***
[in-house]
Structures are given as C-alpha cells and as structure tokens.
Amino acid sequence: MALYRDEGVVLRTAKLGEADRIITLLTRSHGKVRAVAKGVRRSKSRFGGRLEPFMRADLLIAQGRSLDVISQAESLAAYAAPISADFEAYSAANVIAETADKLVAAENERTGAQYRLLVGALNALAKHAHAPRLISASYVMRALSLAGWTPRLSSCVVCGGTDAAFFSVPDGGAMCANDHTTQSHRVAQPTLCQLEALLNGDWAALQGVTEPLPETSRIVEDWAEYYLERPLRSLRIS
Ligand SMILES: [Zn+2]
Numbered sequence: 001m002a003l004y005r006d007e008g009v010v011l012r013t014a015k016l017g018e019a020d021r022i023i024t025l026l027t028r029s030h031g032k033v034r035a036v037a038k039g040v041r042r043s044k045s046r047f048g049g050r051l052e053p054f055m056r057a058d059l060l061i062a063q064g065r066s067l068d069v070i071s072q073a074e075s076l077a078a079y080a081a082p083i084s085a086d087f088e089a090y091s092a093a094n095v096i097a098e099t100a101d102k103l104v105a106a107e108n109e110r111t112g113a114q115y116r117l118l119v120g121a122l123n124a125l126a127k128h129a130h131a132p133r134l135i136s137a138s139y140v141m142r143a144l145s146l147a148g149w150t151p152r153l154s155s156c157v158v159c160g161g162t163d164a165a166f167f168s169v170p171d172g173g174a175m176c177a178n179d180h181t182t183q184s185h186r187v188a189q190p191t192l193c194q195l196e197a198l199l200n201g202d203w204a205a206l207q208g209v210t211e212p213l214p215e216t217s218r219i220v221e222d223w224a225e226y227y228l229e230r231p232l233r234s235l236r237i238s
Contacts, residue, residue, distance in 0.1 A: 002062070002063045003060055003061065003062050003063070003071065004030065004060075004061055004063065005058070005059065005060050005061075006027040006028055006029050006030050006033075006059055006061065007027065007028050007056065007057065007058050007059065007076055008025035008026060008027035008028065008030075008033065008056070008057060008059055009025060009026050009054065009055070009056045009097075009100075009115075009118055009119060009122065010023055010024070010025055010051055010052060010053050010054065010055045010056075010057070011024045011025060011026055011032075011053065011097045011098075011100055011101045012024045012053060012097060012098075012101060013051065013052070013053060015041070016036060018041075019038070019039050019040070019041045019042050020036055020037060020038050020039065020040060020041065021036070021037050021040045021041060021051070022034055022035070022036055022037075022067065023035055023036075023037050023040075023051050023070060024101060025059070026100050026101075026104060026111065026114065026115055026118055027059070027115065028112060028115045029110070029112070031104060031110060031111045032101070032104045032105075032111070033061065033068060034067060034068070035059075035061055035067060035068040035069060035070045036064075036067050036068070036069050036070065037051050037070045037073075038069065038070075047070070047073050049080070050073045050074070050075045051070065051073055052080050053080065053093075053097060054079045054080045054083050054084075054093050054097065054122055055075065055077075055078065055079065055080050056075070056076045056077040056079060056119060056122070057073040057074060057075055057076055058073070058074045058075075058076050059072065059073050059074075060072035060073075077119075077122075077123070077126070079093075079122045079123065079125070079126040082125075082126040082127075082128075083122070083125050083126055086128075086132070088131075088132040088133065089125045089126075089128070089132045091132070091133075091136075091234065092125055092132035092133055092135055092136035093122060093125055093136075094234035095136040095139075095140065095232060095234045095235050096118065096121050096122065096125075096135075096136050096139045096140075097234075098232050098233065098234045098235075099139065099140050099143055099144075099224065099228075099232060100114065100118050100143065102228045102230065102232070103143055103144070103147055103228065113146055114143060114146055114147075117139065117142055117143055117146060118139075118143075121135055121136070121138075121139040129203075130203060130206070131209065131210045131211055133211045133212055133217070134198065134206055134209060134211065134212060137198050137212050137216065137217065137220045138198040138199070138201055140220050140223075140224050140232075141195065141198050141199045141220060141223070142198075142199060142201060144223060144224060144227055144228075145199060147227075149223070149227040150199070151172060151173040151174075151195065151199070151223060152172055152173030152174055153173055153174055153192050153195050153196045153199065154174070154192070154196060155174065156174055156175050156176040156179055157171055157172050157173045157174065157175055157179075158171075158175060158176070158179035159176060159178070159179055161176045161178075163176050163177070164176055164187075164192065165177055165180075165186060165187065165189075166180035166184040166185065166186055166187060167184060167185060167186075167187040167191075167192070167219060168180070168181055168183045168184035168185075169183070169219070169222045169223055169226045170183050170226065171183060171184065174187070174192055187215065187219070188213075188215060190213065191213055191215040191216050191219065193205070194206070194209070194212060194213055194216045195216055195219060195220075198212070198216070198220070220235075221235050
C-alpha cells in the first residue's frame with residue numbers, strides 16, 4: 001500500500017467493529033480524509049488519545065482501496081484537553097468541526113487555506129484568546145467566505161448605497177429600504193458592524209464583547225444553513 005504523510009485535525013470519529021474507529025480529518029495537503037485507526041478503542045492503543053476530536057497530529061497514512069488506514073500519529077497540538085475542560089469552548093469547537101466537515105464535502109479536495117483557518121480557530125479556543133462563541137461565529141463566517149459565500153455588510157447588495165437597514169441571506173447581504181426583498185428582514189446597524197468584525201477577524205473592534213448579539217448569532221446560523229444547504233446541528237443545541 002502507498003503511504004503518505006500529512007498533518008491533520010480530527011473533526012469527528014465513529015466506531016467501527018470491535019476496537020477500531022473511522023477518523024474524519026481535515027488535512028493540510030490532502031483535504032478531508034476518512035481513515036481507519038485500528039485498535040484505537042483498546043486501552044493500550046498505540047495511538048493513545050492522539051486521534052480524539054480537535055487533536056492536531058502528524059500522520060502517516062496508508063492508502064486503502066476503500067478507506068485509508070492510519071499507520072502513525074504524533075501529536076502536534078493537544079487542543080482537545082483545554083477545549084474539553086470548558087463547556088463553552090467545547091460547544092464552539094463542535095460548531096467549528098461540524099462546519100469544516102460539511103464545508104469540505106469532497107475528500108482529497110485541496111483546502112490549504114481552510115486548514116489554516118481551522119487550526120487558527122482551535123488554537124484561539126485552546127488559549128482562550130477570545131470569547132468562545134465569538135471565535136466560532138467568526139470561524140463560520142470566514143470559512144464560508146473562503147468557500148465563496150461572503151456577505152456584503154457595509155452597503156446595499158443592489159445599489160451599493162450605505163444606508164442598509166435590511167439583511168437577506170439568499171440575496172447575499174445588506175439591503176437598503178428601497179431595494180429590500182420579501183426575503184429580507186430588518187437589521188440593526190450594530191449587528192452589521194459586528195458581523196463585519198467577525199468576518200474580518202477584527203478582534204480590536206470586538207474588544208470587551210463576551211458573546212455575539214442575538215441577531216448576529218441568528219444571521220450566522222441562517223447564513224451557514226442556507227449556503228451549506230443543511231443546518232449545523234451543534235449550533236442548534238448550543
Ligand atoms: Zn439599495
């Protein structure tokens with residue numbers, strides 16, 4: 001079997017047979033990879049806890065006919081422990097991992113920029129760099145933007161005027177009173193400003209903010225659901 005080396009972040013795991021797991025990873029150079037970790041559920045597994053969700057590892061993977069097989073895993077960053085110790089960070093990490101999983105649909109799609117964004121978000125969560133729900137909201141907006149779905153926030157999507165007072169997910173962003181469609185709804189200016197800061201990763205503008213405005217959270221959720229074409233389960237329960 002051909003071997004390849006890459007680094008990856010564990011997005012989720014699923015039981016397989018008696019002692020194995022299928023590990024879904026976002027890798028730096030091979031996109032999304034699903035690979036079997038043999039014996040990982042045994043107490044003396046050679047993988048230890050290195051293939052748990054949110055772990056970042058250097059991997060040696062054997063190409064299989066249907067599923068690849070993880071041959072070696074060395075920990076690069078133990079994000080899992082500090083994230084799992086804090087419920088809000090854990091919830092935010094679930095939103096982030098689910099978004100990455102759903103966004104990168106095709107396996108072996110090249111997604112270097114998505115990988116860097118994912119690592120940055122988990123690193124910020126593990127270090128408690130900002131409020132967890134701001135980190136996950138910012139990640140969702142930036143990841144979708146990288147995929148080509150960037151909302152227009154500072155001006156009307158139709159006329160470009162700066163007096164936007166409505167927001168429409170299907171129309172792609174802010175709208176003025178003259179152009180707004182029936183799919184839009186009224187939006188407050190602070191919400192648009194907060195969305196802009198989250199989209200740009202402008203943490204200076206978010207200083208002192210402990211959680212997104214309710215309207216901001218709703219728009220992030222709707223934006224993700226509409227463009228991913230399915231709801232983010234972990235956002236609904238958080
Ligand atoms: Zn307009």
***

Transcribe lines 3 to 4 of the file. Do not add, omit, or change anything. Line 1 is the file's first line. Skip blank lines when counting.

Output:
Amino acid sequence: MALYRDEGVVLRTAKLGEADRIITLLTRSHGKVRAVAKGVRRSKSRFGGRLEPFMRADLLIAQGRSLDVISQAESLAAYAAPISADFEAYSAANVIAETADKLVAAENERTGAQYRLLVGALNALAKHAHAPRLISASYVMRALSLAGWTPRLSSCVVCGGTDAAFFSVPDGGAMCANDHTTQSHRVAQPTLCQLEALLNGDWAALQGVTEPLPETSRIVEDWAEYYLERPLRSLRIS
Ligand SMILES: [Zn+2]